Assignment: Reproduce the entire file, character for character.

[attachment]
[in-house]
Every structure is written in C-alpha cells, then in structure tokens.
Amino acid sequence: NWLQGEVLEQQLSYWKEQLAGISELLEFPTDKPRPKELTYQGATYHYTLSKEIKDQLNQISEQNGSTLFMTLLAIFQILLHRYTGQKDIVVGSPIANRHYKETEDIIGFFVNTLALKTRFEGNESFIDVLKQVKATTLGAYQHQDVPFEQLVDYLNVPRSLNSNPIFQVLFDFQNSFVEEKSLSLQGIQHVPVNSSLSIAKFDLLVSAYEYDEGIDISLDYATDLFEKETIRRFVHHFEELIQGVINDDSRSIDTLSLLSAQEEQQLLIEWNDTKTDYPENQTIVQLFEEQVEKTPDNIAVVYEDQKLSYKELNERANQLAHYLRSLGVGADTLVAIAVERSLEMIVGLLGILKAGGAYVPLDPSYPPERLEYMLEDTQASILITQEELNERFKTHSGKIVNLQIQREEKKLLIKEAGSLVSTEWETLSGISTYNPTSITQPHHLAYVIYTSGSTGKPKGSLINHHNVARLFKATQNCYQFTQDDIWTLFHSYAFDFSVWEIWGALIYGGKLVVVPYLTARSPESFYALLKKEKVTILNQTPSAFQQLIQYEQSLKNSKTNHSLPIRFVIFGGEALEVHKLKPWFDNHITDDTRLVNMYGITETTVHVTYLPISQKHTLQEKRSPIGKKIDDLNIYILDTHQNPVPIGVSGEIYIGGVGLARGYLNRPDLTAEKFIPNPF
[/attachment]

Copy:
[in-house]
Every structure is written in C-alpha cells, then in structure tokens.
Amino acid sequence: NWLQGEVLEQQLSYWKEQLAGISELLEFPTDKPRPKELTYQGATYHYTLSKEIKDQLNQISEQNGSTLFMTLLAIFQILLHRYTGQKDIVVGSPIANRHYKETEDIIGFFVNTLALKTRFEGNESFIDVLKQVKATTLGAYQHQDVPFEQLVDYLNVPRSLNSNPIFQVLFDFQNSFVEEKSLSLQGIQHVPVNSSLSIAKFDLLVSAYEYDEGIDISLDYATDLFEKETIRRFVHHFEELIQGVINDDSRSIDTLSLLSAQEEQQLLIEWNDTKTDYPENQTIVQLFEEQVEKTPDNIAVVYEDQKLSYKELNERANQLAHYLRSLGVGADTLVAIAVERSLEMIVGLLGILKAGGAYVPLDPSYPPERLEYMLEDTQASILITQEELNERFKTHSGKIVNLQIQREEKKLLIKEAGSLVSTEWETLSGISTYNPTSITQPHHLAYVIYTSGSTGKPKGSLINHHNVARLFKATQNCYQFTQDDIWTLFHSYAFDFSVWEIWGALIYGGKLVVVPYLTARSPESFYALLKKEKVTILNQTPSAFQQLIQYEQSLKNSKTNHSLPIRFVIFGGEALEVHKLKPWFDNHITDDTRLVNMYGITETTVHVTYLPISQKHTLQEKRSPIGKKIDDLNIYILDTHQNPVPIGVSGEIYIGGVGLARGYLNRPDLTAEKFIPNPF